Figure 76 comprises three drawings labelled '1860', '1940' and '1980'. Drawing '1860' is a perspective drawing of a battery with the casing shown in outline so that the insides of the battery can be seen. The casing is almost a cube and two thirds filled with what appears to be a liquid. The cube is shown to have sides about 10 centimetres in length. A relatively large vertical cylinder is in the centre and protrudes above the top of the casing. A rectangular object is positioned in the centre of the cylinder with an electrical wire connected to the top of it. The space around it is filled with a granular material. Next to the central cylinder, in the space between it and one corner of the cube, there is a much smaller diameter cylindrical rod which also protrudes above the top of the casing. There is an electrical wire connected to the top end of the rod. The large cylinder and the rod are held in position in the casing by a collar that encircles them both.

Drawing 1940 is a partially sectioned drawing of a battery and the top surface of the battery is also visible. This battery consists of an open cylindrical zinc can with a carbon rod that goes down the centre of the can but does not quite reach the bottom. The rod protrudes above the top of the can and has a screwed electrical connection that is labelled '+'. Inside the can, the rod is in a fabric bag filled with a powdered manganese dioxide and carbon mixture. The space between the fabric bag and the zinc can is filled with electrolyte paste. The top of the can has a bitumen seal. A second screwed electrical connection, labelled '-', is attached to the outside of the zinc can near its rim. The two electrical connections are at the same level above the can.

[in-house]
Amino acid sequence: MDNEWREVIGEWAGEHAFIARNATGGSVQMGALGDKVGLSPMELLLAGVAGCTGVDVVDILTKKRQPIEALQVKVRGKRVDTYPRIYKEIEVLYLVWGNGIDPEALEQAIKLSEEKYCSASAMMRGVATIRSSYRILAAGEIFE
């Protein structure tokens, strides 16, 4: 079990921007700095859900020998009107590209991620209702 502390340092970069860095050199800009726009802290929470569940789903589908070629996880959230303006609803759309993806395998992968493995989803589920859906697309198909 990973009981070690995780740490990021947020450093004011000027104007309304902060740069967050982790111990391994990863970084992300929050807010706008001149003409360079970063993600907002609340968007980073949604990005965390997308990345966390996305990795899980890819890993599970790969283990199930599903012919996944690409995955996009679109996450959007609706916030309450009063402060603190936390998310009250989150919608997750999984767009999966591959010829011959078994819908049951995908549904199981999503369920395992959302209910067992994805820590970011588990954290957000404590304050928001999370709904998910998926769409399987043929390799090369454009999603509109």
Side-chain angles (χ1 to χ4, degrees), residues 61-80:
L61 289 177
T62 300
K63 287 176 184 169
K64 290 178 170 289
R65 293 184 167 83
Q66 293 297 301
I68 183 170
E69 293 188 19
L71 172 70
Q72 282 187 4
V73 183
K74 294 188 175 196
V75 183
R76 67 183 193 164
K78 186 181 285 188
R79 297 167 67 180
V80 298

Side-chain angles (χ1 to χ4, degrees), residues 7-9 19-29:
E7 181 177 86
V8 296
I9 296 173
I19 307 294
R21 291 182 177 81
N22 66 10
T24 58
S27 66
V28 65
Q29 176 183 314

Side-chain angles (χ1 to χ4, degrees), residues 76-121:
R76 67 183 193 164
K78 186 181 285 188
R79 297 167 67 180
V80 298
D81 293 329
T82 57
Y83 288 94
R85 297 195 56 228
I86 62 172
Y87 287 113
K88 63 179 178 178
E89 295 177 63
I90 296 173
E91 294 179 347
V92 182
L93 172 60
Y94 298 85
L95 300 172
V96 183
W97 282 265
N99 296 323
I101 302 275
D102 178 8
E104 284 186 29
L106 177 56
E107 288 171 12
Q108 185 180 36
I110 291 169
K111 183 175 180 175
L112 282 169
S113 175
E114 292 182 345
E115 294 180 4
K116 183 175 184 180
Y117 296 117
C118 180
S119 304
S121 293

Drawing 1980 is a true section through a battery. This battery consists of an open zinc can with an external protective casing and a carbon rod that goes down the centre of the can but does not reach the bottom. The rod protrudes above the top of the can and has a flat electrical connection that is labelled '+'. The bottom of the zinc can is exposed and identified as a flat electrical connection labelled '-'. The rod is held in the centre of the protective casing by insulation material at the top and the bottom of the casing. The rod is inside a hollow cylindrical separator filled with a powdered manganese dioxide and carbon mixture. The separator has a bitumen seal at the top but there is an air space between the seal and the mixture inside the separator. Over 90% of the inside of the zinc can is taken up by the separator and the remaining space between the separator and the zinc can is filled with electrolyte paste.

 5 Engineering: pushing back the boundaries